Some presents from my sponsor arrived and I cant help touching maulling and fondling. Some really great quick draws, which are easy to put to use, but the problem lies in the ergonomic carbon fibered mixed tool which to be honest is a bit too good for the likes of me, my car used to be a BMW M3 and this is a Ferrari. What to do? Over the years I’ave had alootta arguments with sponsors (and myself) about what constitutes self advertising and gear pushing. Years ago I loved mixed climbing, and it was easy to be good, even when it got harder I could always steal a march because I designed gear that made it easier. Now its getting harder to cause a splash because the gear is so good its reduced alotta mixed to pulling up on vertical jugs. You can even make some tough rock routes easier in winter because its easier to pull on an ergonomic shaft than a minging crimp. About 1979 in North Wales I realised that to do harder routes I needed to get away from drainage lines and attack walls but of course these walls already had nice rock routes up them like Lord of the Flies. Now then I am a greedy money grabbing working class scoundrel but I wouldn’t dry tool my way up the likes of ‘Lord’ even if it would be easy with axes. Over the years some of the younger lads came to me for advice and after a quick chat they seemed to think the same. So really you are left with dry tooling venues and some of these are really good fun but its hard to make money out of them or weave a legend. So what can I do to get publicity?
 Well I have found a crag with great routes and hanging ice daggers on but the rock is so good I think Id rather bolt it and make good 8bs. Maybe go to Scotland there’s only one good climber there the net keeps telling me. I don’t even like Scotland but Scotland so the Scots tell me is the best and the hardest and the purist so I gotta do it there right. Plus I heard of this ultimate trad route there called Eco wall which might be hard to dry tool but will win me euros. And to be honest it looks like a decent bold challenge with rock shoes on and with axes I can cut into the crimpy bits, cause although my open hand strength is great, my crimp is still a limiting factor in my climbing. Yes man what a great plan, and so what if I ruin a good rock climb, I desperately need the publicity man. Idea number two, head to Craig Doris in Wales, trash my own routes, they are soft and the bird shit looks like snow anyway, the dumb flockers who read mags, the net, listen to the radio wont know the difference anyway. Hey man its just about selling thermonuclear proof cags to hip shoppers anyway, so who cares. No my heart wont allow it I am just doomed to go rockclimbing and fail on routes.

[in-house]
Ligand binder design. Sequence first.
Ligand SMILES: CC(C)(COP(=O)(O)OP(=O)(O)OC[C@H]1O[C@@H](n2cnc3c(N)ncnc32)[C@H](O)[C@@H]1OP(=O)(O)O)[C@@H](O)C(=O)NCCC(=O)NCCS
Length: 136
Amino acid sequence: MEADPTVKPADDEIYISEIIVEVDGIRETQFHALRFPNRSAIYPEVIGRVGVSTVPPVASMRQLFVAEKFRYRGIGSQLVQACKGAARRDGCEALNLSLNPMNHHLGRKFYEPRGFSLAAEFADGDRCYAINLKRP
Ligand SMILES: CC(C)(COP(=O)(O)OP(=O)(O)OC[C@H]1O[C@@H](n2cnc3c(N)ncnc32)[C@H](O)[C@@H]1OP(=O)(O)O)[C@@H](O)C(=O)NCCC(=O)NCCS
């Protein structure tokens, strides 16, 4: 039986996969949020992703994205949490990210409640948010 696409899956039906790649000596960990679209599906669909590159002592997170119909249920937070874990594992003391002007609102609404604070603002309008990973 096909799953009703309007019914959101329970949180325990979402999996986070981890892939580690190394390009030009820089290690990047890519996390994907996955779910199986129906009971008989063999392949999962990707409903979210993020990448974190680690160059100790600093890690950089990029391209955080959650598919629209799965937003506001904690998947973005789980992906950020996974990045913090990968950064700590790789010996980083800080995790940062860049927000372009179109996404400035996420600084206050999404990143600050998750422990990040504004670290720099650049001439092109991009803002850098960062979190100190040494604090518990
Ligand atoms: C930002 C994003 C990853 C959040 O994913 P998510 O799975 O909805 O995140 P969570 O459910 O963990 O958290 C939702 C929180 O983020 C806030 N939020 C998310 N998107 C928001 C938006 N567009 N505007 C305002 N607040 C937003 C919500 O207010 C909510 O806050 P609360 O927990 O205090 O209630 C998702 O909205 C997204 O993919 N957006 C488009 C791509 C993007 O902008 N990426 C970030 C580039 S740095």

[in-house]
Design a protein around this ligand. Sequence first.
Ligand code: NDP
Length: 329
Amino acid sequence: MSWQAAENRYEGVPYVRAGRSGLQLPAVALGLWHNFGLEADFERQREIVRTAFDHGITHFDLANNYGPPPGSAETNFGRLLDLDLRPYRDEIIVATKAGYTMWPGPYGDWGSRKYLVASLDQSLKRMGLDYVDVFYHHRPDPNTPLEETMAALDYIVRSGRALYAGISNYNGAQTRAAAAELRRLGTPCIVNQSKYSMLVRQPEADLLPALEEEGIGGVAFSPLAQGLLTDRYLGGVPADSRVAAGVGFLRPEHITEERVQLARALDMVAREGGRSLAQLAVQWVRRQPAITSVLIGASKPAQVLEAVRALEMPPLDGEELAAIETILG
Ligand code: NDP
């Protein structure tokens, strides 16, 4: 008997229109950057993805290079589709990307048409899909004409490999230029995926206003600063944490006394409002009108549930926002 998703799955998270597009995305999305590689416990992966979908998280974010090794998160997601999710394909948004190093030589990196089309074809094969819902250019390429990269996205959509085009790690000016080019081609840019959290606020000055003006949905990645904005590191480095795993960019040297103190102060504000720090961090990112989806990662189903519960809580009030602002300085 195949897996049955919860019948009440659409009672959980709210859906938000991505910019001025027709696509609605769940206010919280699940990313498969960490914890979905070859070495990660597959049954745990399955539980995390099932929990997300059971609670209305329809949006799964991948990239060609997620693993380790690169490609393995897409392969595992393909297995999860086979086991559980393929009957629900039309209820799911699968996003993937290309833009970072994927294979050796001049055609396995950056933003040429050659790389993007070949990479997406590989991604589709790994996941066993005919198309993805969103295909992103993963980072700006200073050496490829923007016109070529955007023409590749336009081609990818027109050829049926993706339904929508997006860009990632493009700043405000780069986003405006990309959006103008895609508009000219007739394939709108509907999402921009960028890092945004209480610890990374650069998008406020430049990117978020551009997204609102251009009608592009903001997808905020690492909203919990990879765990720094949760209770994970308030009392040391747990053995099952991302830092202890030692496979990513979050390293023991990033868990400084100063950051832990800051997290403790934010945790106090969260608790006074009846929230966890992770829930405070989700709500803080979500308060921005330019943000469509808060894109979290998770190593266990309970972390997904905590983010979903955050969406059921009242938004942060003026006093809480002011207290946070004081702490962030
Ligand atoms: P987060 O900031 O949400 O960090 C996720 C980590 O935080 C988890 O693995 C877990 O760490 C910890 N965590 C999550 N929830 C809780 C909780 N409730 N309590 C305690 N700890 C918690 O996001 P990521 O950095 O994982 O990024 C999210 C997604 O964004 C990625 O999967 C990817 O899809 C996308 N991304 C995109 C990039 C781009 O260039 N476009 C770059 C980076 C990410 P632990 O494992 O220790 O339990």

Wednesday, 24 February 2010

Stephan Mifsud, a true mutant by Stevie Haston

Tools of the trade

There are some people who I simply wish to meet shake their hand, pay them a compliment, say thank you for inspiration and leave them to it. Climbers are sometimes on the list but they are eclipsed by some one of the athletic stature of Stephan Mifsud. Stephan lives in the south of France and likes to swim and dive underwater, he also loves to chase fish. I share his loves but at a very punterish level and am very impressed (astounded!) with his accomplishments. He currently holds the world record for breath holding underwater at 11 mins 35 sec, he has an estimated lung capacity of 11 liters. Clearly he would at this body type make a good climber. Anyway please look him up, and admire his work. And so, thank you, thank, you very much Stephan, if I have trouble training, just thinking about 11 mins 35 secs will get me back to the job. I really would like your autograph to put on the wall next to my pull-up board. Good luck.

Tools of the trade